September 21, 2017 8:58 am Social Media and Children – By Sharon H. Press, Ph.D.
When your child enters the middle school years, you enter a new stage of parenting with new challenges. You need to think about social media and how to make sure your children are safe as they become users and consumers of social media platforms. Being concerned about social media and how it is impacting your child makes you a good parent. However, it is hard to know how to teach your child the proper and safe use of social media. For some middle school children, the start of the school year represents the first time a child has his or her own cell phone. Most teenagers want smart phones to stay connected socially. While you may see your child’s cell phone as a way for you to stay connected to your children, your children see the cell phone as a way to stay connected to their peers and have a presence on social media. Videos, texts, Snapchat and Instagram have become popular ways youth communicate over social media. As a parent, it is important to learn how to help your child navigate social media appropriately and use it for healthy socialization, effective self- regulation, and overall safety. There are important things to remember about social media and your tweens.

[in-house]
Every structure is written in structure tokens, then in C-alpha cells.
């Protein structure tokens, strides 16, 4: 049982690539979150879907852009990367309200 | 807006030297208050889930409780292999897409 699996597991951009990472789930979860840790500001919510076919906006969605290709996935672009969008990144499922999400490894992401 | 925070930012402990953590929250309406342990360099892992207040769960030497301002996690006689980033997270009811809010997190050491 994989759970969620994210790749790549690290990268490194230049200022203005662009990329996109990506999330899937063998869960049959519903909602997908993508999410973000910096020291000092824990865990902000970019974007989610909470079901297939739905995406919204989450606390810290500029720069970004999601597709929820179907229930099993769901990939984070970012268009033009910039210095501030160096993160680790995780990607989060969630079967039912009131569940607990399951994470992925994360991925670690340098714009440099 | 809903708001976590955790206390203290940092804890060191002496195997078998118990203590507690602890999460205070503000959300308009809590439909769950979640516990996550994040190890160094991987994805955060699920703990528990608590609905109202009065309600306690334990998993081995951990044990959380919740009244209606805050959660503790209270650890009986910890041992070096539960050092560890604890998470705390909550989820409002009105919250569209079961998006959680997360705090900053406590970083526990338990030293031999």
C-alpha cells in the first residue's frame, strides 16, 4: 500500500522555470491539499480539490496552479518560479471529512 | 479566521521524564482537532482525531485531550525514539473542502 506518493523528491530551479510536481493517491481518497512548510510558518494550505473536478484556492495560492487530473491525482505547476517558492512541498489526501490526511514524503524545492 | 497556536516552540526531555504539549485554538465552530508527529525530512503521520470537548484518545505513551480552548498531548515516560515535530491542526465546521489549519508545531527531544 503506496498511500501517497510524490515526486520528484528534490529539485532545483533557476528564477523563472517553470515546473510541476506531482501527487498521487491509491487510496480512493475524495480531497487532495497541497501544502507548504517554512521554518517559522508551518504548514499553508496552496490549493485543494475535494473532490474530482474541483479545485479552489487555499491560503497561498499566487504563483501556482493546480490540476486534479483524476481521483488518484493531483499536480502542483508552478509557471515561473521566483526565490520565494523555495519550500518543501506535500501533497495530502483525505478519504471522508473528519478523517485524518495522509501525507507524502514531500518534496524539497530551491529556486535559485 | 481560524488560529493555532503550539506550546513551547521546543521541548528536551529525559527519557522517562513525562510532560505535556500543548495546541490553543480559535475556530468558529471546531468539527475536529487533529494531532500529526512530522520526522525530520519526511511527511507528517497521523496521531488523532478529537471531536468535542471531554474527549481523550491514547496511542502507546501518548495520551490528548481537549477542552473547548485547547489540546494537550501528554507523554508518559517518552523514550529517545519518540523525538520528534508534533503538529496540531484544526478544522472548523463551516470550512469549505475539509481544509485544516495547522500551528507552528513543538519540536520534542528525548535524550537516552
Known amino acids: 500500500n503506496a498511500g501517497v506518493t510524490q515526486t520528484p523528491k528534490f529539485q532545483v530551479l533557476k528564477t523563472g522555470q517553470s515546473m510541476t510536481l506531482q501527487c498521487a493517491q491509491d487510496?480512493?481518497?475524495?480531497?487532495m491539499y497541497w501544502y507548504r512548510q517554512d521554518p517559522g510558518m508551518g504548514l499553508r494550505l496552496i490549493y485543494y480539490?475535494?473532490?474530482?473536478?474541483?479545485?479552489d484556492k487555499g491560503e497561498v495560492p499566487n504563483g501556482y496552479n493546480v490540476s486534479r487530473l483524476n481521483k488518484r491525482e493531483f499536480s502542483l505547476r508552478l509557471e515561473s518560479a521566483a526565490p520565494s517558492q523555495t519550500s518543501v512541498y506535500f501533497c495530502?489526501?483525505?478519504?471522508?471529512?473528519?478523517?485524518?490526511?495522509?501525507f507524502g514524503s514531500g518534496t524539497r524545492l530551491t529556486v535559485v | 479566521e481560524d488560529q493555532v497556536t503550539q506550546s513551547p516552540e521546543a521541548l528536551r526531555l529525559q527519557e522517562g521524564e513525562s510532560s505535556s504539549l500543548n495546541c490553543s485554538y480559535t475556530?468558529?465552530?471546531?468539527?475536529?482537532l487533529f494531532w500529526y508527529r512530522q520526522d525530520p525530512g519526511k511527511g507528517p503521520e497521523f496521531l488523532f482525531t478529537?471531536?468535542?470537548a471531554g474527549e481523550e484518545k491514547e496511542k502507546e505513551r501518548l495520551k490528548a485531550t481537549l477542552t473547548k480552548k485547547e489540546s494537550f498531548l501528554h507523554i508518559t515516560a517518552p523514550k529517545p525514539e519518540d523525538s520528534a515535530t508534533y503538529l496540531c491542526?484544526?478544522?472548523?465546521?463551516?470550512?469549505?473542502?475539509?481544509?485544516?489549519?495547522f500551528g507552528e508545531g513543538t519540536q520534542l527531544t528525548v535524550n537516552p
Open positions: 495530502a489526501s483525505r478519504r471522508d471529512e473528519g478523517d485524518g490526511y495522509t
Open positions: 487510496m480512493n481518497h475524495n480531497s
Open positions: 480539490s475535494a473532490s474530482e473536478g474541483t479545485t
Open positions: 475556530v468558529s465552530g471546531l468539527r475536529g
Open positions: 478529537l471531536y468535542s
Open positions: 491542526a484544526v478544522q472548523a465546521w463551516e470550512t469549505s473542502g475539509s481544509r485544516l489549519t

- Social media was not designed for young middle schoolers. So,say “No” to your child being on social media as long as possible. Early middle school children are too young to understand potential dangers of social media.
- Social media is an entertainment technology. It does not make your child smarter or more prepared for real life or a future job; nor is it necessary for healthy social development.
- Social media is an addictive form of screen entertainment.And, like video game addiction, early use can set up future addiction patterns and habits.
- Social media replaces learning the hard social “work” of dealing face-to-face with peers, a skill that children need to practice to be successful in real life.
- Social media can cause teens to lose connection with family and instead view “friends” as their foundation. Since the cognitive brain is still being formed, the need for your teen to be attached to your family is just as important now as when they were younger. Make sure that attachment is strong. While they need attachments to their friends, they need healthy family attachment more.
- Social media use represents lost potential for teens. It is easy for teens to waste too much of their time and too much of their brain in a digital world.
Despite the negatives associated with social media, it is here to stay; and it can be a positive part of a child’s life. A child’s self-esteem can be increased when peers “like” a picture, a work of art, or praise a peer’s accomplishment. However, while social media can help build a positive sense of self for teenagers, some teenagers impulsively share the wrong information with acquaintances. This can lead teachers, school personnel, future employers, and college personnel to get the wrong idea of who a child really is. Until your child’s thinking brain is more developed, you must be the one to help them manage impulsive posts on social media.